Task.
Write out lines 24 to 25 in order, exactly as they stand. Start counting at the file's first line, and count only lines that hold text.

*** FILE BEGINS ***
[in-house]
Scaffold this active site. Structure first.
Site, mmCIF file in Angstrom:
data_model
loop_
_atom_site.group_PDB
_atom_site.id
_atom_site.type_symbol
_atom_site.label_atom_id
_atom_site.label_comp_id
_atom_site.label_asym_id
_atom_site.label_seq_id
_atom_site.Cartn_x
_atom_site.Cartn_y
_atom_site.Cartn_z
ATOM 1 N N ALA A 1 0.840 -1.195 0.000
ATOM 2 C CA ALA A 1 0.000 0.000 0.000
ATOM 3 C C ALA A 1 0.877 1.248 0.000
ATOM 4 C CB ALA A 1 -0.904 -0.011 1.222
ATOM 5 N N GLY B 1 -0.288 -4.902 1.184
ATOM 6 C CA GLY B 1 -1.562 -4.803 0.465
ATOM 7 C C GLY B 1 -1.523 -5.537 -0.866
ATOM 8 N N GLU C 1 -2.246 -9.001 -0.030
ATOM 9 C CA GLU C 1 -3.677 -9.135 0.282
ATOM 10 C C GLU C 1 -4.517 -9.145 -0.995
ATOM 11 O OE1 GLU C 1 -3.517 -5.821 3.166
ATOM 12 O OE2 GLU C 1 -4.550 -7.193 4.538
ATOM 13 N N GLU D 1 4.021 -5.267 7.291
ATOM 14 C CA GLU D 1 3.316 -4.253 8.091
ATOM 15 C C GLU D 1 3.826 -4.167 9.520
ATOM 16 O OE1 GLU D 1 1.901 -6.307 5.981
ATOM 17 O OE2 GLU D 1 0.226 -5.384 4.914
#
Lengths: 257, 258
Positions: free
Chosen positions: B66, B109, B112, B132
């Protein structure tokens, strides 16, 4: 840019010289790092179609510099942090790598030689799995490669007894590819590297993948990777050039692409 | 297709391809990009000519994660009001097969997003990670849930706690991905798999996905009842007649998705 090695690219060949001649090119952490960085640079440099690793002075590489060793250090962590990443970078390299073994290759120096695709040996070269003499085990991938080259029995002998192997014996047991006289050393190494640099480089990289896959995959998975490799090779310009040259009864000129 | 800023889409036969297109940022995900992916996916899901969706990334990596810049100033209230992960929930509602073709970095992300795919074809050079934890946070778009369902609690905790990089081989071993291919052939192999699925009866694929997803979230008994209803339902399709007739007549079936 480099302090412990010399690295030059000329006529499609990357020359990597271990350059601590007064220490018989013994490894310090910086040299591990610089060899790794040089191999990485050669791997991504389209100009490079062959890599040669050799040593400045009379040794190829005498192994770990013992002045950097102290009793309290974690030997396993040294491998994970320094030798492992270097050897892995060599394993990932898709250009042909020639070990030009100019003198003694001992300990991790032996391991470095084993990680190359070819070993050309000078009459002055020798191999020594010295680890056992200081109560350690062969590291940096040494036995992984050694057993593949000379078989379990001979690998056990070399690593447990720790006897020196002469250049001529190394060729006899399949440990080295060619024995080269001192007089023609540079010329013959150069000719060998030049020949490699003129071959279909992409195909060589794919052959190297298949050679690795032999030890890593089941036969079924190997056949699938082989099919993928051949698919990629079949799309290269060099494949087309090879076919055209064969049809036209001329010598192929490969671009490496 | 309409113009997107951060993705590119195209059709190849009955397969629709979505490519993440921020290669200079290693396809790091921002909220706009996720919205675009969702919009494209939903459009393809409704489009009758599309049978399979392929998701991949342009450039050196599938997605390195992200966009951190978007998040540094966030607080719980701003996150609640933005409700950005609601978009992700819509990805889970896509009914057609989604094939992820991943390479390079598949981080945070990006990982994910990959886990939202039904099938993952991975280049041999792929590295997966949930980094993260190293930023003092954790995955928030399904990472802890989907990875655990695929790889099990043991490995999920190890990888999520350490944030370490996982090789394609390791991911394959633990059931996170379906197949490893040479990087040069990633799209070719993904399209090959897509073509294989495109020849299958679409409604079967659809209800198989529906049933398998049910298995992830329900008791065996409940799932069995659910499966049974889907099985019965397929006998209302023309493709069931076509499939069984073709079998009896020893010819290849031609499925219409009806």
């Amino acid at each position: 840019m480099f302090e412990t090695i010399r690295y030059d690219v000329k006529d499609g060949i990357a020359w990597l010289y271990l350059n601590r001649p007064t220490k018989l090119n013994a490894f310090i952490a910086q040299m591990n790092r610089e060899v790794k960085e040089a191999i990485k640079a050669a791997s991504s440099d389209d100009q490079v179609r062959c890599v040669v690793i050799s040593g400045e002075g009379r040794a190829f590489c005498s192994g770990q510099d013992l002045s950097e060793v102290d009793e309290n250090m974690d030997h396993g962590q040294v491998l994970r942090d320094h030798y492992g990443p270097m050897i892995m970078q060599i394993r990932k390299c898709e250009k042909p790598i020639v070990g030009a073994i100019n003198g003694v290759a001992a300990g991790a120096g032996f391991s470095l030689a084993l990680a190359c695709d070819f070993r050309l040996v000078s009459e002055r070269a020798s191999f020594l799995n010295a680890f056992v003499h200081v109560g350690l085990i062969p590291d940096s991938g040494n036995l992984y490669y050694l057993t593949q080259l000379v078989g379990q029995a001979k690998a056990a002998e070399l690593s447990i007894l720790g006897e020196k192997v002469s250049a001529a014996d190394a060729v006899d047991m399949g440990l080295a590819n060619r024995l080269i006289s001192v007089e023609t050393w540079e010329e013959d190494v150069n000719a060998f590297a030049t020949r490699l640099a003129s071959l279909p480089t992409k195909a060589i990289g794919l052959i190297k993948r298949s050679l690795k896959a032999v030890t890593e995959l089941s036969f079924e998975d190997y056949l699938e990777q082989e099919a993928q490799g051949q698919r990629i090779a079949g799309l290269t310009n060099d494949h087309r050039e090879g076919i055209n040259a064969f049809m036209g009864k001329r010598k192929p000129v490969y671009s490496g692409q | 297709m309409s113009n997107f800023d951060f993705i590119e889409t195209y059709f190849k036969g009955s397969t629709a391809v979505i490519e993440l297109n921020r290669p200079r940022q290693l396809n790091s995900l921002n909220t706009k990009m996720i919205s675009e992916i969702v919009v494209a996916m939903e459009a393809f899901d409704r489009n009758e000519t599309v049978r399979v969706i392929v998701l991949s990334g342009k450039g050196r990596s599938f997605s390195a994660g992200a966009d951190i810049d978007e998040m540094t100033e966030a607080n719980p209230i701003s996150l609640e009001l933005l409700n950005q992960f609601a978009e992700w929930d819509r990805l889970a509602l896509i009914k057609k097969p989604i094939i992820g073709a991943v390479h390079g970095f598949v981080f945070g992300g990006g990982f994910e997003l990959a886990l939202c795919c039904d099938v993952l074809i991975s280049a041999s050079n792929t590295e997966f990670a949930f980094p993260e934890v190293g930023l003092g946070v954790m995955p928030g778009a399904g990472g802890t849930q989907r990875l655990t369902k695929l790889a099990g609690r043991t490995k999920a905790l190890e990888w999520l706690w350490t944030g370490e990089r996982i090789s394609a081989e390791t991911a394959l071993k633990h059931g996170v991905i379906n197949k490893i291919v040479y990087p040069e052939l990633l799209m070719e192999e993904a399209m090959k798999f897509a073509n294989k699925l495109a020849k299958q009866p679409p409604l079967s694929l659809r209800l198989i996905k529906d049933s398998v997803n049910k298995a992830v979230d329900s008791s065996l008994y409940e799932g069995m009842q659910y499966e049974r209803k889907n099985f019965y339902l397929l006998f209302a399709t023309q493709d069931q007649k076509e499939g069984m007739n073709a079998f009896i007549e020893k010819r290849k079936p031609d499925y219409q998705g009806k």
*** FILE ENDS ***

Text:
ATOM 9 C CA GLU C 1 -3.677 -9.135 0.282
ATOM 10 C C GLU C 1 -4.517 -9.145 -0.995